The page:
Silly side note here, my mother has always watched The Young and the Restless, and therefore I’ve always watched The Young and the Restless. It humors me greatly that the twenty odd characters in the show must always get together, break up, and then get together with someone else again and again and again. After several decades, relationship trees become so convoluted that I get great joy at having a running dialogue as I watch the show detailing just how inherently creepy each new relationship has become when I get to count how many people in each scene have slept together. In essence, comic books are the same beast, and with only a very limited number of super heroines to go around, I’ve always been intrigued by covers depicting them in the arms of an iconic super hero, my favorite being those with Wonder Woman and Superman thusly portrayed. I mean seriously, if you put in the words ‘Wonder Woman Kissing’ into Google, the first four default options are Nightwing, Superman, Batman, and Jean Grey [wowza!].

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Black Gate Goes to the Summer Movies: Brave

Monday, June 25th, 2012 | Posted by Ryan Harvey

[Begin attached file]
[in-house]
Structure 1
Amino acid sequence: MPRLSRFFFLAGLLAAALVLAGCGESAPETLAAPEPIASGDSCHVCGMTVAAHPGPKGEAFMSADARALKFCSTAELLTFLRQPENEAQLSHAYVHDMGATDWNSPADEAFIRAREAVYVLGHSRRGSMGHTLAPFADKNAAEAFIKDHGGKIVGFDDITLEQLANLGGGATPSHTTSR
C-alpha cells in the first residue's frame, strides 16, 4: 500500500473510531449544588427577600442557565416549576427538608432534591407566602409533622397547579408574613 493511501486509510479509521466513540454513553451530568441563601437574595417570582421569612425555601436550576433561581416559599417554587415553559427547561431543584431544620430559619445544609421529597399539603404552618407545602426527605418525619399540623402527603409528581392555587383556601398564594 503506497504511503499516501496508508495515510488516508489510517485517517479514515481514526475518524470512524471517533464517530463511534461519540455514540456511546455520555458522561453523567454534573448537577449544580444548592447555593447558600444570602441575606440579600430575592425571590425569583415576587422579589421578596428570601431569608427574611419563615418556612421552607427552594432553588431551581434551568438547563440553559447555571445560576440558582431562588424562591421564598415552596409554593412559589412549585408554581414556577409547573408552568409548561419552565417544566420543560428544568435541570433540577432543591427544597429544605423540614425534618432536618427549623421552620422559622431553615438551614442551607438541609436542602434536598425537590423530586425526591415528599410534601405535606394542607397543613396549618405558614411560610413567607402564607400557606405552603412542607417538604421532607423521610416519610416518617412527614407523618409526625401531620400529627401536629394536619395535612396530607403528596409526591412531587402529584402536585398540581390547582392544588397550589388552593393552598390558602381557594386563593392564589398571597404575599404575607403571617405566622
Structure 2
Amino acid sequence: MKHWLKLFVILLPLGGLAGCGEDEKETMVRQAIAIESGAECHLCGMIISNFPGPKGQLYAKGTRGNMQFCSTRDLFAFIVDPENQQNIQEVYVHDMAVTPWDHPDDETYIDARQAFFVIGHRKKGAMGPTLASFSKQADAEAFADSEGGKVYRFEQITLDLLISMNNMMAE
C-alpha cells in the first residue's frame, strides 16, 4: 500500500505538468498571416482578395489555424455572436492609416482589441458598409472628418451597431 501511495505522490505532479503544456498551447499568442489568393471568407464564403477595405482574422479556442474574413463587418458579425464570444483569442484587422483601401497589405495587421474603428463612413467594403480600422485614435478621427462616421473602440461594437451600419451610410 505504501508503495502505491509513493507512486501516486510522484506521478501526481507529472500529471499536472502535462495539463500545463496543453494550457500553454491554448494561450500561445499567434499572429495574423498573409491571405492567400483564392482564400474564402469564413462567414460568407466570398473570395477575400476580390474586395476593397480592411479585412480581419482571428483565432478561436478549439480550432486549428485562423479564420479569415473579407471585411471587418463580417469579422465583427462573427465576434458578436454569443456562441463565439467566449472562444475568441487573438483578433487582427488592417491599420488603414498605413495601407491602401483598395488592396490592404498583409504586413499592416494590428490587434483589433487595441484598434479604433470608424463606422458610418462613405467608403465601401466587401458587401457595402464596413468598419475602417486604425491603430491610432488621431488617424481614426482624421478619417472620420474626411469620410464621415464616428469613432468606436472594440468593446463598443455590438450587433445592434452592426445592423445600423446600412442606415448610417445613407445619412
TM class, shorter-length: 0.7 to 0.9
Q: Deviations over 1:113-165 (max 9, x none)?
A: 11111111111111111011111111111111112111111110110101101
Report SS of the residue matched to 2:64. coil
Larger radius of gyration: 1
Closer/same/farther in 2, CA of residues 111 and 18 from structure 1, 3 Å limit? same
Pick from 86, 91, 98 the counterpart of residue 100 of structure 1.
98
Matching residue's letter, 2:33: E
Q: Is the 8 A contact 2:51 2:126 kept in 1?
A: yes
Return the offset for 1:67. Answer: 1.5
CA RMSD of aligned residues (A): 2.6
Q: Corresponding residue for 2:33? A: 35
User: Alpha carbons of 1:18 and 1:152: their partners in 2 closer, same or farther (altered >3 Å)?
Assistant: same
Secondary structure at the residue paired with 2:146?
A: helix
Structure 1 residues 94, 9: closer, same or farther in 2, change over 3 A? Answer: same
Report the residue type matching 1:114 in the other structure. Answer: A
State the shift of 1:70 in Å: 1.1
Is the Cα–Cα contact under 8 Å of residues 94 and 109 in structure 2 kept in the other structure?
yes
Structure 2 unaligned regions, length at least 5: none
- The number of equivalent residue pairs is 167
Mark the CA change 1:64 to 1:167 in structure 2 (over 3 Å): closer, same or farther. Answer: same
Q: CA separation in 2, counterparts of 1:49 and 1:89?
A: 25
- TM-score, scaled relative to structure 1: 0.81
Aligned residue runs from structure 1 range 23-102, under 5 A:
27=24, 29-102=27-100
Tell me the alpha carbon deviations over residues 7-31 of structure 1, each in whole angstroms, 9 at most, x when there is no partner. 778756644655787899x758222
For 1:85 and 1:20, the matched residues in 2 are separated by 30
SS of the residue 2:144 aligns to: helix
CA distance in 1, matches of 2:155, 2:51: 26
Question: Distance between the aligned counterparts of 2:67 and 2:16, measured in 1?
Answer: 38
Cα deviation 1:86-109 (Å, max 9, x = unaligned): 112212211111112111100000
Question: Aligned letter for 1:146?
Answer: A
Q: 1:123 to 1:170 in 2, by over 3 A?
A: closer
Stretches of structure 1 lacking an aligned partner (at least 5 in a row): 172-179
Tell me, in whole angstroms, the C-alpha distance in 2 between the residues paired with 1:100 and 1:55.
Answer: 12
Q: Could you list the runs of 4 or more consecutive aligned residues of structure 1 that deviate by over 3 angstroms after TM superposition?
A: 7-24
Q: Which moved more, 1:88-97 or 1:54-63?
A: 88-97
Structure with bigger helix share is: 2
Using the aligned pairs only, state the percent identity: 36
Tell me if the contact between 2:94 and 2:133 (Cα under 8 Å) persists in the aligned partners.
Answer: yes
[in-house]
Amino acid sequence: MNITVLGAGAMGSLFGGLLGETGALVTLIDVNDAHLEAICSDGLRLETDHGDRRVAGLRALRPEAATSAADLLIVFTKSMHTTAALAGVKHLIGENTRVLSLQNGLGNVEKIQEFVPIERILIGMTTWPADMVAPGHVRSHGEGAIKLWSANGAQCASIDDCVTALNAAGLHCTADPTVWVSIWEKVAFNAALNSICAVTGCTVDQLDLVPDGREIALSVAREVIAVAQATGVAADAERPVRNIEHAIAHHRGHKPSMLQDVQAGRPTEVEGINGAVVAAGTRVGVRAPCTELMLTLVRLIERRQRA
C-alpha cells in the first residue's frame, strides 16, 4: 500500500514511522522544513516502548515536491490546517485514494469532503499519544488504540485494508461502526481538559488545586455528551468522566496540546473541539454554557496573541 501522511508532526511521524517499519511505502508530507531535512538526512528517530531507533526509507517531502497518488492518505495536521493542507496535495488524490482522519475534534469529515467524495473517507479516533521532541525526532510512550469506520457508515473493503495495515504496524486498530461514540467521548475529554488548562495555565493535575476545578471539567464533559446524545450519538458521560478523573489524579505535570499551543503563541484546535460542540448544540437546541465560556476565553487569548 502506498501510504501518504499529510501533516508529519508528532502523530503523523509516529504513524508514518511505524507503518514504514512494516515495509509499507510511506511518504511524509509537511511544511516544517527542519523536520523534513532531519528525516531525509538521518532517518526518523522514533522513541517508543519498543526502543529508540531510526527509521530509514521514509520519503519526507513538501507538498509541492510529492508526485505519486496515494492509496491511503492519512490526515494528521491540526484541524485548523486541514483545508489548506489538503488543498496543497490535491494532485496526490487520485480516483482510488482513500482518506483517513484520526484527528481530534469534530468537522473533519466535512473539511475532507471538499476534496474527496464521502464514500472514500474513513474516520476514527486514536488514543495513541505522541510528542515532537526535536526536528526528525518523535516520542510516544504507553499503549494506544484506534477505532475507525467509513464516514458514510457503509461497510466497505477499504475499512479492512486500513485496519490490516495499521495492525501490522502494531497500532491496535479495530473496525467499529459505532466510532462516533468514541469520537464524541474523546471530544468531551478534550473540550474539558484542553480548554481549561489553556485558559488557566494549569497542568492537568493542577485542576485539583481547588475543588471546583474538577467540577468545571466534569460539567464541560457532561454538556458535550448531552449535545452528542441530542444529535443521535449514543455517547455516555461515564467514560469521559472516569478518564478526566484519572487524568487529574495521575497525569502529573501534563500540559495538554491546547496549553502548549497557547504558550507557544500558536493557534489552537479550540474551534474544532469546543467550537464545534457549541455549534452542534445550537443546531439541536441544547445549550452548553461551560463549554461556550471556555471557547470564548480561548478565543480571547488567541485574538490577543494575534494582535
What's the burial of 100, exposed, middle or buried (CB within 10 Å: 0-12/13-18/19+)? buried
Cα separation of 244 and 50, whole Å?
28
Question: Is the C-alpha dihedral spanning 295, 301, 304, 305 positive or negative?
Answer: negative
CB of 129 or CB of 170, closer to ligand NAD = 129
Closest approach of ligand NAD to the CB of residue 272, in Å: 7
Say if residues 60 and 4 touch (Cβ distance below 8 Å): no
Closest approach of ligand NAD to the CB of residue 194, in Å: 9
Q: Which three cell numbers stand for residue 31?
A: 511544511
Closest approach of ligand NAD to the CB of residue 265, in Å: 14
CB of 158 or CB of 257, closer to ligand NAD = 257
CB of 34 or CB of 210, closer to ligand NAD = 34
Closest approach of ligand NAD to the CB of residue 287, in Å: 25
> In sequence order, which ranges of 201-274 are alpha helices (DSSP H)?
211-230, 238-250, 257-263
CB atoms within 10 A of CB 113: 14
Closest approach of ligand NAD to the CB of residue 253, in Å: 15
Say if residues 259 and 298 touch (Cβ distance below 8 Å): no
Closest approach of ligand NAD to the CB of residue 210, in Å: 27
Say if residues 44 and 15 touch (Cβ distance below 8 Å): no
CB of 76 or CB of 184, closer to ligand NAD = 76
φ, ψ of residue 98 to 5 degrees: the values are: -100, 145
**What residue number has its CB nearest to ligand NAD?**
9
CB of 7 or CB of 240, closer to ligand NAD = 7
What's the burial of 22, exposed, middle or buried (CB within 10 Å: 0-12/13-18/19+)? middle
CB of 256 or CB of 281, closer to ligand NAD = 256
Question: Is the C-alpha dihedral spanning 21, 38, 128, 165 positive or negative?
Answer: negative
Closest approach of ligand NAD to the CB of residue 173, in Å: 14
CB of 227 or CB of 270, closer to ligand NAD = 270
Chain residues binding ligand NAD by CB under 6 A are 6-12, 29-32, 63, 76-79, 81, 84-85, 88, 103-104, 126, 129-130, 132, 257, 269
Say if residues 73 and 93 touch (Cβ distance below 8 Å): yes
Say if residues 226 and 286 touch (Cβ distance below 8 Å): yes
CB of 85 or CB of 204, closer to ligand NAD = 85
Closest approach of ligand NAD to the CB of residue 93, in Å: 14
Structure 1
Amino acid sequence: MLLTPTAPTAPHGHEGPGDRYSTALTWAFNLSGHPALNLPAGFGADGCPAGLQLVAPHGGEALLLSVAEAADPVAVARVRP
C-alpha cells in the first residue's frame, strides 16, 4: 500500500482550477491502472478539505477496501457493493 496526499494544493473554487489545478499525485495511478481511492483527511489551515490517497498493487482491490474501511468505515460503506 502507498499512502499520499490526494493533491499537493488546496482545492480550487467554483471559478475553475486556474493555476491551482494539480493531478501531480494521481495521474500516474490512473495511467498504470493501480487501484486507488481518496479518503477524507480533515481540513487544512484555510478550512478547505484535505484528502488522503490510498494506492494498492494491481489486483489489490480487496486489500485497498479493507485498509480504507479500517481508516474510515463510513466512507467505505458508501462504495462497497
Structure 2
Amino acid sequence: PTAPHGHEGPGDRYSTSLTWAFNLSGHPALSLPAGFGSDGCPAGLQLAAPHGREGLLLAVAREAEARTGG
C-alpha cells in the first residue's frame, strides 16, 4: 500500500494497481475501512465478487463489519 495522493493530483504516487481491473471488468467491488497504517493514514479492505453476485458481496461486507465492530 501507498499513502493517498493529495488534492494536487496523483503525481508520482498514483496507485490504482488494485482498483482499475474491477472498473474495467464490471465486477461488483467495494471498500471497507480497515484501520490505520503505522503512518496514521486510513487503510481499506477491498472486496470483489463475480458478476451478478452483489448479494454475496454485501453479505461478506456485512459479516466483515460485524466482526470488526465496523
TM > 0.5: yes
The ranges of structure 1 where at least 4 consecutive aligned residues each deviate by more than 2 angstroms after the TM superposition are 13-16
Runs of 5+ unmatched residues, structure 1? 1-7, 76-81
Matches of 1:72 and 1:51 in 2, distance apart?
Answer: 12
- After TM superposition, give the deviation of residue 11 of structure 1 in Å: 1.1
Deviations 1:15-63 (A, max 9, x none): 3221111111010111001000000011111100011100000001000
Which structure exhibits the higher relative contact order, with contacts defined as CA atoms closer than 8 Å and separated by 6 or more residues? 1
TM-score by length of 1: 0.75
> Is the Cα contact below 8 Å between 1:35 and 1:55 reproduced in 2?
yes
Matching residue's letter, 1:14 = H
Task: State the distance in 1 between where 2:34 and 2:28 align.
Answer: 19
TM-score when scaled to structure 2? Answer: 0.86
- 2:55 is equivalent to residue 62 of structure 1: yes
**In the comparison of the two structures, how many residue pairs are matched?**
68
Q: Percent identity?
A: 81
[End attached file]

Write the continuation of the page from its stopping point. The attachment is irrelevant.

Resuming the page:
brave-posterWho would think at the start of the summer that Brave was concealing more of its plot and themes than Prometheus? Strange days, my friends.

Ninety percent of the trailer for Brave comes from the first twenty-five percent of the movie. And to continue with percentages, fifty percent of Brave is a great film, and worthy to stand beside earlier Pixar classics. But except for a few flashes in the trailer, Disney and Pixar have revealed nothing of this later-running time greatness to you. The marketing department and directors Andrew Jones and Brenda Chapman have even specifically asked reviewers to hide what the center of the movie is about.

This is not a case of concealing a twist ending or a mid-movie shocker, but disguising the core of the film. Imagine a trailer for Pinocchio that never reveals that the puppet comes to life: it’s the story of a sad woodcarver and his pets who meet a blue fairy, and later on an enormous whale may peep into the plot. Or a trailer for King Kong that not only never shows the eighteen-foot gorilla, it never hints that there might be a giant monster of any sort in the film. According to this trailer, King Kong looks like the tale of a young woman who goes on a voyage with a film crew, possibly to find (dinosaur- and gorilla-free) adventure and romance away from dreary Depression Era New York.

Brave is the story of Merida (voice of Kelly Macdonald), a Scottish princess who hates that her parents King Fergus (Billy Connolly) and Queen Elinor (Emma Thompson) are trying to marry her off to a dullard in a political alliance when all she wants is her freedom — like any good Disney Princess™ — and the chance to choose her own destiny. While exploring, Merida discovers magic in the forest after following a trail of Will-‘o-the-Wisps. The rest of the story follows the standard princess adventure: she’ll go out on her own, fight some monsters, discover a handsome and roguish fellow who likes her for who she is, and her parents will finally let their daughter be herself and marry the man she loves.